Thankfully last night’s wind has helped to clear the fog today though, Joe has faced that challenge, and we want the sun to shine so that all our lovely new guests at The Old Dairy and Myn Tea see the far west at its very best.

Joe's mum. Sennen car park. Remember when we used to try to get everything into a shot?

Joe’s mum. Sennen car park. Remember when we used to try to get everything into a shot?

Thanks Joe and best of luck with your course.

The lure of the old fishing boat.

Hull, Camaret.

Hull, Camaret.

I’ve loved the sea since I was first introduced to it (apparently), yet I’ve rarely felt the pull to get out onto it on any kind of craft smaller than a cross channel ferry.

I intend to remedy that somewhat this summer and try a sea kayak.

We did a little kayaking when I was at school and I remember it being tremendous fun, with the sea presenting much more exciting challenges than the slow genteel waters of the Truro River at Kea.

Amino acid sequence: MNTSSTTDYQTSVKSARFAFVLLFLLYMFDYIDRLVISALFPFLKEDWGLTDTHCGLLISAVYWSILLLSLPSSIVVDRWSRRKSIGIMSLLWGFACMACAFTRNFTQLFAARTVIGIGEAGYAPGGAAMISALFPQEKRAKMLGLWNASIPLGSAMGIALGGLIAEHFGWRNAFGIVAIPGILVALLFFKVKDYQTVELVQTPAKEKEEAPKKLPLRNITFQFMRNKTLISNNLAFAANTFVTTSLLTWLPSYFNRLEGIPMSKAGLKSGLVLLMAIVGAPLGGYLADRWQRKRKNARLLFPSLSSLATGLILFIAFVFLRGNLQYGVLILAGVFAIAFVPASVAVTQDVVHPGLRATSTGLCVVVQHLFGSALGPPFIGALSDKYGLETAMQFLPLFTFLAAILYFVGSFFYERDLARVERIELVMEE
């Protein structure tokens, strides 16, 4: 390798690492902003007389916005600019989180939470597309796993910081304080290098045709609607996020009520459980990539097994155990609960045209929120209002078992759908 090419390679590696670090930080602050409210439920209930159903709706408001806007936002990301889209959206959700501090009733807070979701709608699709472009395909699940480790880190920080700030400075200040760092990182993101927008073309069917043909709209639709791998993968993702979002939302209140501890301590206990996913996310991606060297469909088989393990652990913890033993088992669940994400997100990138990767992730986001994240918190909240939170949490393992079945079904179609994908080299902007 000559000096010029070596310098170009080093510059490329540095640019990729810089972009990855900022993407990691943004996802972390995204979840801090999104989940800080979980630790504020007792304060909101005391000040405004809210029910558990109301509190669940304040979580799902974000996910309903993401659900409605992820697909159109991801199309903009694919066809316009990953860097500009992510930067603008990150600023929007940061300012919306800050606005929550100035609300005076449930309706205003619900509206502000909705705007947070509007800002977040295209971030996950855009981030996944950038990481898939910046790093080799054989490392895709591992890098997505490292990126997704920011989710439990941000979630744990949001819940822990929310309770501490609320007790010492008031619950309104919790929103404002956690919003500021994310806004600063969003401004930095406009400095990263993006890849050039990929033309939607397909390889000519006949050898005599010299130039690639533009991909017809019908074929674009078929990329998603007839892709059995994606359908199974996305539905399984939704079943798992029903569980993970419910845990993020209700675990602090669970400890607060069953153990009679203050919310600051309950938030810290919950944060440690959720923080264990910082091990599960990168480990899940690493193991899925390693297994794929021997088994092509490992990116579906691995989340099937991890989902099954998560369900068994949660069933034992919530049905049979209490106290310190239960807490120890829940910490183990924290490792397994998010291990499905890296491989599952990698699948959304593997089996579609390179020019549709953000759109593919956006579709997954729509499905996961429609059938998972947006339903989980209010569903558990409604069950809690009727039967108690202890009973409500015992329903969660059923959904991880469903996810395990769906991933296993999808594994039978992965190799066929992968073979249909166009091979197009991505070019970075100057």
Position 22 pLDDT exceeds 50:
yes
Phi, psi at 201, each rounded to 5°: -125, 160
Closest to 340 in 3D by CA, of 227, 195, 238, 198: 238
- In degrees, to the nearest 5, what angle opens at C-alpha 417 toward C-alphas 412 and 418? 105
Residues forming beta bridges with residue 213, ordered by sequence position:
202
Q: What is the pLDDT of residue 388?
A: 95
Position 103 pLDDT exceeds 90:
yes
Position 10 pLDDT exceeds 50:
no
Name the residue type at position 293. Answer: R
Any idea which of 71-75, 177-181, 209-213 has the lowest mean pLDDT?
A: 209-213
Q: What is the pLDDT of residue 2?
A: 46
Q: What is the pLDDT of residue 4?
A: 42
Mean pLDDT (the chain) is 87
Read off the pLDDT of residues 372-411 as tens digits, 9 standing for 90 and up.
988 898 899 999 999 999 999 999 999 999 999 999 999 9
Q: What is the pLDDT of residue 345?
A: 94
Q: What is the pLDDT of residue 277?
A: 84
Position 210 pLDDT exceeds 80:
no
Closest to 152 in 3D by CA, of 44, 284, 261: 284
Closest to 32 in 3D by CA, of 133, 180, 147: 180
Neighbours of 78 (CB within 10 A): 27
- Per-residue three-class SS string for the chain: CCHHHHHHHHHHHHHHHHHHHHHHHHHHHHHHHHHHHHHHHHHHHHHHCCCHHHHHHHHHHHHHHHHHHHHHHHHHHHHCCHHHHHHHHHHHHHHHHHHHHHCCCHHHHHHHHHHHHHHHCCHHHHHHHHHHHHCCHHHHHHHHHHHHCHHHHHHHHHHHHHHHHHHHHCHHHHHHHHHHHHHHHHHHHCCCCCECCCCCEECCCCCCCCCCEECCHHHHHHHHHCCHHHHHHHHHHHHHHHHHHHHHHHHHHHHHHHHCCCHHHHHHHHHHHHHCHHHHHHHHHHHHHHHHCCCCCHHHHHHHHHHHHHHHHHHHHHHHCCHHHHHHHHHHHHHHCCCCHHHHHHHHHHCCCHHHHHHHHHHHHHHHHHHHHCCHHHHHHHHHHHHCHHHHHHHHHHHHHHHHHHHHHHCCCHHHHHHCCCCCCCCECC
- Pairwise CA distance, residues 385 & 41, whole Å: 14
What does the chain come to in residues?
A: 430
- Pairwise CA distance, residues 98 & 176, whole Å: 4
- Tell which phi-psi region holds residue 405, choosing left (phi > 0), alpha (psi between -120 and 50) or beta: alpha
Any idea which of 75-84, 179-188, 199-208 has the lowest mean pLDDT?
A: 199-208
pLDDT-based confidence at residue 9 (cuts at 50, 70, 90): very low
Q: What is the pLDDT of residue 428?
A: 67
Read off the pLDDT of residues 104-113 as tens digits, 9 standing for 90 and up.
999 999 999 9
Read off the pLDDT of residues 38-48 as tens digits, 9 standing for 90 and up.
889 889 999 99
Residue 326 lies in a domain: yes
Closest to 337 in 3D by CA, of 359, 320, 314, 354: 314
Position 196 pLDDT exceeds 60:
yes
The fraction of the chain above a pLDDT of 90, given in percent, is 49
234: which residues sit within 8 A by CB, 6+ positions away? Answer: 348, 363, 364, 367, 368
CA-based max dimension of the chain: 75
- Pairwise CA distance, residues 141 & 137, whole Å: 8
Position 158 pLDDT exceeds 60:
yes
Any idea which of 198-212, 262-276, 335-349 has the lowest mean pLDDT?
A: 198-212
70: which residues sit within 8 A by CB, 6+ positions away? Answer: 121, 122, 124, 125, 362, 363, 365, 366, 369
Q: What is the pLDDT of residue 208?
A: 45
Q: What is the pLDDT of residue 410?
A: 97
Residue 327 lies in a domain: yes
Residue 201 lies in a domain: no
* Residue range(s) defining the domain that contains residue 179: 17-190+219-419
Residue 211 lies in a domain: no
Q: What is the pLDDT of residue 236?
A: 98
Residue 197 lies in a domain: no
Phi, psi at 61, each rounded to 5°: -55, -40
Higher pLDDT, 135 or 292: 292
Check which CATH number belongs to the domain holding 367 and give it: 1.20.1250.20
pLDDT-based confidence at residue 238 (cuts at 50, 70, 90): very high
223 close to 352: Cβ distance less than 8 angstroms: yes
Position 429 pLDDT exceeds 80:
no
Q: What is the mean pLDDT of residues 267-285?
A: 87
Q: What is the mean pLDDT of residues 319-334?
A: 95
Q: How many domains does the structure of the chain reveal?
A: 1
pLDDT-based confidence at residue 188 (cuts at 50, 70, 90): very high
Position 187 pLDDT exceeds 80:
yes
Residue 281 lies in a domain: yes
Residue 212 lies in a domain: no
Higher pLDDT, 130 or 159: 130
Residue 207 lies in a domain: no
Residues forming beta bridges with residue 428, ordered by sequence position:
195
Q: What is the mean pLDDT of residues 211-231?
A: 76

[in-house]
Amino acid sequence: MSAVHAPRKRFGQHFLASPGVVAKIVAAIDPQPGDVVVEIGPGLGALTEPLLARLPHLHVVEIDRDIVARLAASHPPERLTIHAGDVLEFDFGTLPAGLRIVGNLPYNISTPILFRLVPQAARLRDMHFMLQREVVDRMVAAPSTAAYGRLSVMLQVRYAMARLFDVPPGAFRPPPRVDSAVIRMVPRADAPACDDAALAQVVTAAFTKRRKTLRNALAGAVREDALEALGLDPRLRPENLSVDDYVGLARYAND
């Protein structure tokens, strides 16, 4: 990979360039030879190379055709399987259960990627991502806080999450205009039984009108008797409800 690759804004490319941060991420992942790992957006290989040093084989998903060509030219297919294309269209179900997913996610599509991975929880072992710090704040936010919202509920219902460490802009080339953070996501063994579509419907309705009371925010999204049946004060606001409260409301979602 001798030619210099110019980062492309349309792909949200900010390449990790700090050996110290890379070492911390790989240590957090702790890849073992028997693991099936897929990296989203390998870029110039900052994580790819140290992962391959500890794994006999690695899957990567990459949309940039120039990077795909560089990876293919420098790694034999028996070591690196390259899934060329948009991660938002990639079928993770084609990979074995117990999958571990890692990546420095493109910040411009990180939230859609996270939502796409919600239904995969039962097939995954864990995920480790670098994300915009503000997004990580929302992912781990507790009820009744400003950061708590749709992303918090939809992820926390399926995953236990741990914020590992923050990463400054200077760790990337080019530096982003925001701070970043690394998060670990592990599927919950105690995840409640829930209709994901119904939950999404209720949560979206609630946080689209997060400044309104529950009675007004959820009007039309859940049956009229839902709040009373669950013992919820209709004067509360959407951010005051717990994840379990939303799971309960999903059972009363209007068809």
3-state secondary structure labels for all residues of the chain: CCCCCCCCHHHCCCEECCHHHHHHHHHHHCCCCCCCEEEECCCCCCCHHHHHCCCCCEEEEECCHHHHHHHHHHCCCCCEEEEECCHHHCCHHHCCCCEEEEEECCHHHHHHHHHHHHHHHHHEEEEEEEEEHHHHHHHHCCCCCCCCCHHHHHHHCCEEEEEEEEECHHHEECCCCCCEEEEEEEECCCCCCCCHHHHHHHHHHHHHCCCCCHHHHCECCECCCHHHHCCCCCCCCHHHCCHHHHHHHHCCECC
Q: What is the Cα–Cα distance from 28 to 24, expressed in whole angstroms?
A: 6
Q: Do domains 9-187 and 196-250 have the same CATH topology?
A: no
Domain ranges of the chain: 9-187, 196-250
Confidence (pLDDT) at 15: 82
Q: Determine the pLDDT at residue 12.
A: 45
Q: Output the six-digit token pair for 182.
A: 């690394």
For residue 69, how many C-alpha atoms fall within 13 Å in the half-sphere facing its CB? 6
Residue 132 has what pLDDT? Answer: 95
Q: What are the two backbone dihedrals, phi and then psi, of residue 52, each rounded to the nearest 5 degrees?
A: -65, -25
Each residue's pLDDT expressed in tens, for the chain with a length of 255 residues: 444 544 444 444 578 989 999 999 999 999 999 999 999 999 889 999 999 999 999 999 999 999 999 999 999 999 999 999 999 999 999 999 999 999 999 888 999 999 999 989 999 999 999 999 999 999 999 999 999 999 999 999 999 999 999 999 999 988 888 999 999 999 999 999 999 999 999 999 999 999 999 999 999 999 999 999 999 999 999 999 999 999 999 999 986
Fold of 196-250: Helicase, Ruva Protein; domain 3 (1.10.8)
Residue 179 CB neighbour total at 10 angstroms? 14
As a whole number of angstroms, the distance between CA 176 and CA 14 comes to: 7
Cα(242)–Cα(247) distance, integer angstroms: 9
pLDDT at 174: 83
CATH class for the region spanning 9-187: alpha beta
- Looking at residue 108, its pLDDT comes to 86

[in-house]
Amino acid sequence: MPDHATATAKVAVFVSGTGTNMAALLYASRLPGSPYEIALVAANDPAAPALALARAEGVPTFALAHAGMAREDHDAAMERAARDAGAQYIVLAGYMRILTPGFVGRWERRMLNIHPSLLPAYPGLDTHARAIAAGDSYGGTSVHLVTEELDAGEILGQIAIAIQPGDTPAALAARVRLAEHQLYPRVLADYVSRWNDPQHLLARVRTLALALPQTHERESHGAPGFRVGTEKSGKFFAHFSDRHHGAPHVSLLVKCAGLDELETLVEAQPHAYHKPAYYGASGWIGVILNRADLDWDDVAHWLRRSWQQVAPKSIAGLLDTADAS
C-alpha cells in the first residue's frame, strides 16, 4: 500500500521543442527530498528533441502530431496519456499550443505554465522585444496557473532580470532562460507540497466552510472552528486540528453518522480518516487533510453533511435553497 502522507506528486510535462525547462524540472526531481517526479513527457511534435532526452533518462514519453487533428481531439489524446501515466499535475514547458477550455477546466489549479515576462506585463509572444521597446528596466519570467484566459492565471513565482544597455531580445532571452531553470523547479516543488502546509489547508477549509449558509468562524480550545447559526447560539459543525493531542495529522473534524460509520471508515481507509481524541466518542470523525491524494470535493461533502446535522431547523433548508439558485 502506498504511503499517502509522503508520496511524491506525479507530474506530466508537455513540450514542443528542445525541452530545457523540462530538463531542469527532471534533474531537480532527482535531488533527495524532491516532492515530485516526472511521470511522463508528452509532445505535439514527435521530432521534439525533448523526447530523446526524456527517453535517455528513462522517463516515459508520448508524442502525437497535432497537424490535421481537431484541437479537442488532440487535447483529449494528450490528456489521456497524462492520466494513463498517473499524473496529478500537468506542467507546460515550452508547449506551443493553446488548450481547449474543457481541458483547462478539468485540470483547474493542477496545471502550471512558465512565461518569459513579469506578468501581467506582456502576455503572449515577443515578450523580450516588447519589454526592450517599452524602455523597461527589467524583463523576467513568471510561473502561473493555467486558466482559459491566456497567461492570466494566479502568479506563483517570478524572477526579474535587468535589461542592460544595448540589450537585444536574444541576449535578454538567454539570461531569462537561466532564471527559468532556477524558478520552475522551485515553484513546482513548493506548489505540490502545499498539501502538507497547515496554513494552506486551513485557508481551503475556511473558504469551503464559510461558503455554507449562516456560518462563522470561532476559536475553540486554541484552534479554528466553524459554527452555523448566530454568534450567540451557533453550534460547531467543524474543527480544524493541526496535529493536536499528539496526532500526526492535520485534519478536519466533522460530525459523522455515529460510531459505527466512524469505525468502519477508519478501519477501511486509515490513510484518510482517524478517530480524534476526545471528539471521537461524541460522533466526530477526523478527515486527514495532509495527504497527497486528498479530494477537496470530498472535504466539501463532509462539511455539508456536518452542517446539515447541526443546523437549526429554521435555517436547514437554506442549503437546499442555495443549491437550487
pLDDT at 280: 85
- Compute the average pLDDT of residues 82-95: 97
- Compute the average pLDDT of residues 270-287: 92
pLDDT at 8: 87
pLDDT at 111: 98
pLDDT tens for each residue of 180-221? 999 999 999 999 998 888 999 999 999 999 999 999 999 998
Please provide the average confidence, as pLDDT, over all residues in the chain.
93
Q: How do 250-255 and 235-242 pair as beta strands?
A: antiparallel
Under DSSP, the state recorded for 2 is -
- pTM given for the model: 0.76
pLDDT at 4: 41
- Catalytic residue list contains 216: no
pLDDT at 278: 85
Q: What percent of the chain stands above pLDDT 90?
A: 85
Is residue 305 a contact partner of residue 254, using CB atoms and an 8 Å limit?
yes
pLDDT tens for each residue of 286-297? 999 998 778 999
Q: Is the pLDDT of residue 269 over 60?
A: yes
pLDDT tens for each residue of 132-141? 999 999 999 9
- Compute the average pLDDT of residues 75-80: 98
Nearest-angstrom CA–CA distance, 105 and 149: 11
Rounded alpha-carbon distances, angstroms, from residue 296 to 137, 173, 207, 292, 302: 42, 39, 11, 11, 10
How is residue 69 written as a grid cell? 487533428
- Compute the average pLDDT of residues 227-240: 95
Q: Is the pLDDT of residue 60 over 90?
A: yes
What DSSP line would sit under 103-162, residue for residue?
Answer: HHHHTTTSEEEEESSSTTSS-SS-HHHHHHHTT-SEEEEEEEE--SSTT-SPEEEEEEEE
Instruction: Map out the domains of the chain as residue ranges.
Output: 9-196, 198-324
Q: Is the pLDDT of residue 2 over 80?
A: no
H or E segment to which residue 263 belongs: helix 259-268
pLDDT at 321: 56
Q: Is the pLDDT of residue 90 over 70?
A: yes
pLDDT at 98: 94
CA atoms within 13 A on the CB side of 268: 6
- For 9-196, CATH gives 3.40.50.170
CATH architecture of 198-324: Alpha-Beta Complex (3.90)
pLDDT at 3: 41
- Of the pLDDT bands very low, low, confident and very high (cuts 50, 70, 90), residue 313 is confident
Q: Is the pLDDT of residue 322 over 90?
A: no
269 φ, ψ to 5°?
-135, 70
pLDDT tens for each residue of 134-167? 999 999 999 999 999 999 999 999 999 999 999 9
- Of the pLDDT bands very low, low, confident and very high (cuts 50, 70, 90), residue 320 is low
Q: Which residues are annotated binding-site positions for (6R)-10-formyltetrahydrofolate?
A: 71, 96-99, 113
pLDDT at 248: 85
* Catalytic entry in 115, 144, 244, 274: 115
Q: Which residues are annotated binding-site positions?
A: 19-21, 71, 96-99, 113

Since then it has been ferries, and the occasional boogie board.

What I do love though is old boats, and their sad decline.

They’re often propped up in the mud, where an owner left them with good intentions to repair the minor thing that had gone wrong. But then time takes its toll. And an engine fault migrates to hull damage, perhaps some vandalism, and suddenly the project no longer makes sense.

Holed hull. Camaret.

Holed hull. Camaret.

We saw some lovely old French trawlers in Camaret back last summer – here are a few shots we took then.

Castel - Din. Camaret.

Castel – Din. Camaret.

And just before I started writing this little blog I thought I’d look at old boats for sale. One I found was this 1953 trawler.

1953 trawler for sale.

1953 trawler for sale.

Yours for £47,500 from MJ Lewis Boatsales. I thought 1953 was pretty darn old for a ship of the sea, but it seems not, it’s a mere pup compared to some of the craft on the site.

More of the Din.

More of the Din.

Pitch boat house. Camaret.

Pitch boat house. Camaret.



The bay is rather special too.

The bay is rather special too.